REGGS throwback of Design District Rotterdam 2019

Last week REGGS attended Rotterdam’s Design District to take a closer look at how exhibitors communicate their sustainability efforts. We discuss a number of interesting examples; from design activism, new and promising production techniques to re-designs.
Let’s face it, we are all searching!

The issue-driven entrepreneur!
Most companies build their business on a need from the market. Or a technology that unlocks new possibilities. The Plastic Whale is a business that grew from a real issue of trying to keep our waterways clean.

The founder of the company, Marius Smit, first set up plastic fishing events in Amsterdam.
After successfully fishing tonnes of PET from the canals in the city he was left wondering what to do with all the collected rubbish. The next step was to recycle PET into an actual plastic fishing boat!
Now with a fleet of 11 boats the Plastic Whale make regular outings to help keep Amsterdam’s waters clean. They’ve expanded their proposition to offer plastic fishing as a team building exercise for companies and school children. People are paying to collect rubbish and enjoying it too!
The company has its sights set on creating furniture from the recycled waste, together with Vepa (a Dutch furniture producer) they’ve produced a series of tables, chairs and lamps suitable for the office and home. All based on the concept of a whale suffering from the plastic soup.

Plastic Whale is a great example of issue-driven entrepreneurship, from canal-cleaner, to boat and team builder, to educator and furniture maker. Ultimately the end goal of Plastic Whale is to go out of business by not having any more waste to collect, fingers crossed for the future!

Frame what you claim
Cooloo is a company that can coat almost anything! They make furniture (or any object really) resistant to weather and sun whilst retaining its soft and comfortable qualities. It makes you wonder why more furniture is not made in this way. It is soft AND durable.
The company takes a piece of foam, covers it with a layer of PU and finishes it off with a mixture of recycled leather or cork with organic glue. It is called ecological coating and Cooloo claims to be 97% circular.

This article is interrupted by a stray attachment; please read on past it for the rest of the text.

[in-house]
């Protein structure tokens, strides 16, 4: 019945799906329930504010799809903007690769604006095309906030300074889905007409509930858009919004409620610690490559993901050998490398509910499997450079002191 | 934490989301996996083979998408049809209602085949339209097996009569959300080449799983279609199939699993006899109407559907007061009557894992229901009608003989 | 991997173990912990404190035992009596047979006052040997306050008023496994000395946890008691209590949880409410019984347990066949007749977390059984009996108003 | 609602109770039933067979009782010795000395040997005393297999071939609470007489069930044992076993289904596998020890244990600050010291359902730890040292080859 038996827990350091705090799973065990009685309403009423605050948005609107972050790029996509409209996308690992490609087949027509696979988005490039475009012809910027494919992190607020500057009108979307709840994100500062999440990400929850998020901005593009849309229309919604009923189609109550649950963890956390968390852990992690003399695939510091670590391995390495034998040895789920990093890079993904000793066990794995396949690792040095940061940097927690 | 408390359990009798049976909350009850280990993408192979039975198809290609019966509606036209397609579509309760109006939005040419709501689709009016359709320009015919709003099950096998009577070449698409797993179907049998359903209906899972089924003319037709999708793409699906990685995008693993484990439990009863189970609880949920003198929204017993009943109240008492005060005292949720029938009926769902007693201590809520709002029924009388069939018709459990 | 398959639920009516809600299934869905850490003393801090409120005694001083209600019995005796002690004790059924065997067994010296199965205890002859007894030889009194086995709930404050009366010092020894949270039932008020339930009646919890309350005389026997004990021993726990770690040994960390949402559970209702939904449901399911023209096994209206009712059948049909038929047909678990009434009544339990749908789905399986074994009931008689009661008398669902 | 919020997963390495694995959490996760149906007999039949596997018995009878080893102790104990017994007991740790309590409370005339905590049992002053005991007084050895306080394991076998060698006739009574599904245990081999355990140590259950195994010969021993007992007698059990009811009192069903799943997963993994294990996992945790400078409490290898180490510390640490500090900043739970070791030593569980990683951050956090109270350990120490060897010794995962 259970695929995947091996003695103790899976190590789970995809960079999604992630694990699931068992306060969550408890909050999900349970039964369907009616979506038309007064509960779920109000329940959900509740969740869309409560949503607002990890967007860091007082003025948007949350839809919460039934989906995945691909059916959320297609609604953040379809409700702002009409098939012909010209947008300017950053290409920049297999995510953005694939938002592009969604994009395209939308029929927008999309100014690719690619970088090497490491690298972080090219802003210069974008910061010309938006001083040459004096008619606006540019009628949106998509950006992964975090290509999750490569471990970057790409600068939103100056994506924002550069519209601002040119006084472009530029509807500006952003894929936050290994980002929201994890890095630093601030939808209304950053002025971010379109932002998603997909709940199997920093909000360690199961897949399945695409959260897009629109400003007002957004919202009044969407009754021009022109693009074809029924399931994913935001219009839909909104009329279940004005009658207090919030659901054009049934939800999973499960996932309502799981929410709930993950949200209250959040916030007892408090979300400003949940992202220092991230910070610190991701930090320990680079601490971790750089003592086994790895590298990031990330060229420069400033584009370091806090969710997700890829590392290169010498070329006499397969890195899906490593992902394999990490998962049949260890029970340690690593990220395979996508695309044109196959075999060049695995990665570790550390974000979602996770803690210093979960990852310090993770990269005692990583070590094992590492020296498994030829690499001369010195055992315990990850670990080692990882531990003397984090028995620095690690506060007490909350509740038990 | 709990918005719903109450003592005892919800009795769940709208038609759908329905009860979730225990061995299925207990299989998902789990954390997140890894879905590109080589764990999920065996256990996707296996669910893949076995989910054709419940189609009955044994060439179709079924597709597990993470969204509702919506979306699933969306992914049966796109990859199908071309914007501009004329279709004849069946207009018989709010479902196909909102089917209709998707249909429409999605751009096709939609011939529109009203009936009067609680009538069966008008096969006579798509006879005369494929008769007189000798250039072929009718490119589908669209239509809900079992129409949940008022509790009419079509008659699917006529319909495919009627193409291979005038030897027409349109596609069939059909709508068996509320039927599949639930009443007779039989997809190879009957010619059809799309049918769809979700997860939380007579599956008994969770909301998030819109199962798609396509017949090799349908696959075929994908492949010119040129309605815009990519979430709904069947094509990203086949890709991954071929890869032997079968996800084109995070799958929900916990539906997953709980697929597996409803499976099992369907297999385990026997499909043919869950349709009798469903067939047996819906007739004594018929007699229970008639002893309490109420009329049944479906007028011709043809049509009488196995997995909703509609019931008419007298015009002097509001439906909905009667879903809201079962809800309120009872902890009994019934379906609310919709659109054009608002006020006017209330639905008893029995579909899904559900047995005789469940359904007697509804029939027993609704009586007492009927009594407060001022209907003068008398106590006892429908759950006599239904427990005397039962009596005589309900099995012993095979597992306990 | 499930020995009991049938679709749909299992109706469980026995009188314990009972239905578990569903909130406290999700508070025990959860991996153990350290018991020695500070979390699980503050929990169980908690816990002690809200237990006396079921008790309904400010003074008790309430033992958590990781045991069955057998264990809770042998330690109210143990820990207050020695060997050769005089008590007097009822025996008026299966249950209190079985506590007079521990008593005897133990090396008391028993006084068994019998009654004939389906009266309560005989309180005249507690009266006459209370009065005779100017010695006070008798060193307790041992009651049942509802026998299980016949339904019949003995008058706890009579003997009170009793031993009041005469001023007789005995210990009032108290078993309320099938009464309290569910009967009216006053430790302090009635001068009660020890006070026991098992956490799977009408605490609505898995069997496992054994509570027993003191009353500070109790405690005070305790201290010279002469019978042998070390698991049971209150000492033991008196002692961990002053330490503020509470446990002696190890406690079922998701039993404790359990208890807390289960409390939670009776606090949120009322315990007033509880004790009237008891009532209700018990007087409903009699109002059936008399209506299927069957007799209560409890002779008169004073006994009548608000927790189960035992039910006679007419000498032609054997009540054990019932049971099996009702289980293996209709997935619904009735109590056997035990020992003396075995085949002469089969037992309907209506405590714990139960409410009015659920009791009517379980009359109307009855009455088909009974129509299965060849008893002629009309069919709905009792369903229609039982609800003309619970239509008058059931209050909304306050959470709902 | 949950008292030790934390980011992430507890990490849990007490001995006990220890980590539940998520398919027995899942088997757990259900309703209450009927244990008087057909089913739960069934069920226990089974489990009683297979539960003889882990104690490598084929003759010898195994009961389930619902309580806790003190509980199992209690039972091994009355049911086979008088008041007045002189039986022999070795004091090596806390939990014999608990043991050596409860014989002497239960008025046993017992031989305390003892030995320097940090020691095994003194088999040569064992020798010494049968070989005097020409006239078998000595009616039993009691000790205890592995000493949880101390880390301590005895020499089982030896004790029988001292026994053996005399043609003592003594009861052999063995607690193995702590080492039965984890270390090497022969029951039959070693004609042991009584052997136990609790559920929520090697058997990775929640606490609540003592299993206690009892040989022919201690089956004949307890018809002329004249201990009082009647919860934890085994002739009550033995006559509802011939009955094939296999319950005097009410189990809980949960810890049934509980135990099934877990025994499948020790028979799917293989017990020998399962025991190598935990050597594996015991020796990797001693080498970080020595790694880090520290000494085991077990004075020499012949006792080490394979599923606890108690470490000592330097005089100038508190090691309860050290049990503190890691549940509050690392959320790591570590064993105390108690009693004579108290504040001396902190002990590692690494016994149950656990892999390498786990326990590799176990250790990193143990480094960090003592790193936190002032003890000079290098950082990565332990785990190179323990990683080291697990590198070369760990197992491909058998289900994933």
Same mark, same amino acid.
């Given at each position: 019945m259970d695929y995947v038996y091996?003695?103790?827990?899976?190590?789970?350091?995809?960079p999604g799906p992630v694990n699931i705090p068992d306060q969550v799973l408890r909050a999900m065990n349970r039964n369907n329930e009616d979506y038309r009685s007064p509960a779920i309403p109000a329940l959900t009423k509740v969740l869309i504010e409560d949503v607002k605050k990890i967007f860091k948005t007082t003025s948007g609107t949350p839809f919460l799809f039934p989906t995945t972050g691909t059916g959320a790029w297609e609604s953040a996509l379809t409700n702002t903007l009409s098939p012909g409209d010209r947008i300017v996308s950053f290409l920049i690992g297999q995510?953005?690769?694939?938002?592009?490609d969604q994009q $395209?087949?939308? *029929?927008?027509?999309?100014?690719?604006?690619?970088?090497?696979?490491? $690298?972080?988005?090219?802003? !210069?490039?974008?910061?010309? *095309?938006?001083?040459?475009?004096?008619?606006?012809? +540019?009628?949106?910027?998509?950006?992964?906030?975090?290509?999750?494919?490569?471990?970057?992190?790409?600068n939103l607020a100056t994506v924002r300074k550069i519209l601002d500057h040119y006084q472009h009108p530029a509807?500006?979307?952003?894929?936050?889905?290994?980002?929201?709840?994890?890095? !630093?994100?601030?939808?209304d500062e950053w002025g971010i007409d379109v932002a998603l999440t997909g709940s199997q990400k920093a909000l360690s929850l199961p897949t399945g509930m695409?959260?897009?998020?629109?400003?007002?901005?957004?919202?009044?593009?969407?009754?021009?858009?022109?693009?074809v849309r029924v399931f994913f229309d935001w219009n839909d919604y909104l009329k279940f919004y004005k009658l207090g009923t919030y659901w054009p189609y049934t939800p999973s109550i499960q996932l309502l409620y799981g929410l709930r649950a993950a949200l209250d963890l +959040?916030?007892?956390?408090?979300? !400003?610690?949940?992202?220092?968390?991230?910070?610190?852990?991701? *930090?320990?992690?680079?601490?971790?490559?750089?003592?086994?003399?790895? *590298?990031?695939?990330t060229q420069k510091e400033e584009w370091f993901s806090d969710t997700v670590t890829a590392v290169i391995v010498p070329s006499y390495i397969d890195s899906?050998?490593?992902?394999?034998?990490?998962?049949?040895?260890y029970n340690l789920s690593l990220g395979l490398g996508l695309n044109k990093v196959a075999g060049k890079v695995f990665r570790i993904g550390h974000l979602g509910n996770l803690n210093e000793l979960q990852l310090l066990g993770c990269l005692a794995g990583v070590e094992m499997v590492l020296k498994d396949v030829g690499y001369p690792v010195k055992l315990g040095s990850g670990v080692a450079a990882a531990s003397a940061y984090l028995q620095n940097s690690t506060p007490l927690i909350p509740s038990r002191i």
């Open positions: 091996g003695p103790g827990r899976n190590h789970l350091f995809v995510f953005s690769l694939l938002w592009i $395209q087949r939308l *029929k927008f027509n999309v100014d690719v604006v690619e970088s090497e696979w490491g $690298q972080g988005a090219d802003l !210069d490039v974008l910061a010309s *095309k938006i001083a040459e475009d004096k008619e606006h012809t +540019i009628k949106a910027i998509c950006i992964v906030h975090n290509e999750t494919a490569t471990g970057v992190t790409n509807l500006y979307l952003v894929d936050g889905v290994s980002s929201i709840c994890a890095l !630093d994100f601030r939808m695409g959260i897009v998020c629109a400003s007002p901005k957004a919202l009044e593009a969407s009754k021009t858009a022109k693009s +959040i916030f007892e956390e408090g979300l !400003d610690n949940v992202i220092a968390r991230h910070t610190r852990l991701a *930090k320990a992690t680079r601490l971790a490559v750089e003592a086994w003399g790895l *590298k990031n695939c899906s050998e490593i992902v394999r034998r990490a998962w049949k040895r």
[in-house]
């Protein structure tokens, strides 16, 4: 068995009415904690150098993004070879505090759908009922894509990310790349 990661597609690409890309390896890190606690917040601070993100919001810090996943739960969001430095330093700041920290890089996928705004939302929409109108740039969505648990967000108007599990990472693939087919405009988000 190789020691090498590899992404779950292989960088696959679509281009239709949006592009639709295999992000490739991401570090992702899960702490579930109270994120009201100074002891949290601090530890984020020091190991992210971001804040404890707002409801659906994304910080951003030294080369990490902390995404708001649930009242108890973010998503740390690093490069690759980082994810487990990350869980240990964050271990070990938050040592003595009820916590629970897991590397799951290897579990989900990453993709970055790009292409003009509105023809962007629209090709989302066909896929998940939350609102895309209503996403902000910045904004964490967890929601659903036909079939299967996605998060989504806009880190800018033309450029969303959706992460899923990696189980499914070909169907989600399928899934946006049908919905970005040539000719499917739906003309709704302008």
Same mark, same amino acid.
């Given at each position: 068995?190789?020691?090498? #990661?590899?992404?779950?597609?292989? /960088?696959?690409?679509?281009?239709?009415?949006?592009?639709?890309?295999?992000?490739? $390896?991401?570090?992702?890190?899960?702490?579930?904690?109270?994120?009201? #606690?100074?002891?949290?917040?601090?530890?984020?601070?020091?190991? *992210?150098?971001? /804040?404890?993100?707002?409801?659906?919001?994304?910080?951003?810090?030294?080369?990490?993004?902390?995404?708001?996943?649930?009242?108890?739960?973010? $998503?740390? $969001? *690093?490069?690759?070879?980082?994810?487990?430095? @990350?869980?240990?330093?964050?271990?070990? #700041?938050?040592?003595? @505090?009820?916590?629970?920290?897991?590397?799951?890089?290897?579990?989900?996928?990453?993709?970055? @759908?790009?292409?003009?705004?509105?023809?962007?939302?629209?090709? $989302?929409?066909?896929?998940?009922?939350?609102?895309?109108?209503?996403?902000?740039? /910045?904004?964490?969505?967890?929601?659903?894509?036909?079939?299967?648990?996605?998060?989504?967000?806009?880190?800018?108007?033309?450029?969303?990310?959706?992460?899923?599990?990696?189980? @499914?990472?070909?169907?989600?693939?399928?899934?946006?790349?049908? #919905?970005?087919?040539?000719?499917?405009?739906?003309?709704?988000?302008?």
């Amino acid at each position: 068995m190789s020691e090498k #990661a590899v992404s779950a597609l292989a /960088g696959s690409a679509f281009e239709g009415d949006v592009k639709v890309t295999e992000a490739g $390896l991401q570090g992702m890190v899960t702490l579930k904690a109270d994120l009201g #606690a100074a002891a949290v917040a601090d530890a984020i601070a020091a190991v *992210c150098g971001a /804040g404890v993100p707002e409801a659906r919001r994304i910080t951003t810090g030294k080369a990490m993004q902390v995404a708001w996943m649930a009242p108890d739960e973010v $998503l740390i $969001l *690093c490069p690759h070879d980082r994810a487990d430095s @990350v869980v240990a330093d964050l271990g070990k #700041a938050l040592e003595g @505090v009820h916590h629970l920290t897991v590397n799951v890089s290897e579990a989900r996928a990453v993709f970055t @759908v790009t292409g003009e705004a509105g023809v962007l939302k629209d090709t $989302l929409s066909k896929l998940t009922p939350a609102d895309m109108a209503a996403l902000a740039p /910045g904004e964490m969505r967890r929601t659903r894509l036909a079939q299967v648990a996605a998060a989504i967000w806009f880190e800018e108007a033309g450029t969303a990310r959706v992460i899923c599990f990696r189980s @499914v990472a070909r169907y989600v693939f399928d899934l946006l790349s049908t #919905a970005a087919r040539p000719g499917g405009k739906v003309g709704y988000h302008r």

According to the rules of sustainability coating and mixing materials without any plan for separation is a serious no go. Finding a way to recycle leather has been a design challenge for many years, but what does it mean when it is mixed with organic glue? Exactly what happens to the materials once the product has reached the end of its lifespan?  

Cooloo can separate the coating from the foam. The foam is recycled into foam. As separating the leather or cork from the glue is still a challenge, the coating can be recycled into pressed plate material for new products (similar as ANWB poles).

It is important to understand what happens after a product has served its purpose than whether the materials used are recycled or organic. Recycling a waste material into a new product is great, but it is what happens next that determines its real circular status.

We will keep an eye on this technique as it is a great way to form any shape of furniture, in our opinion Cooloo’s sustainability assessment deserves a closer look.

Going back to the brief
Traditionally terrace heaters have always been very inefficient as they mostly heat the air above a person’s head and then that energy is immediately lost. A re-designed shape might be a step towards the right direction. In design, sometimes you need to go all the way back and start from the (updated) brief.
Whilst the act of using terrace heaters as a whole definitely needs a rethink (couldn’t you just sit inside? Or put a coat on?) one company has come up with a novel way to keep people warm outside.
If today you really would like to heat a person sitting outside, we recommend Sit&Heat: They heat from below!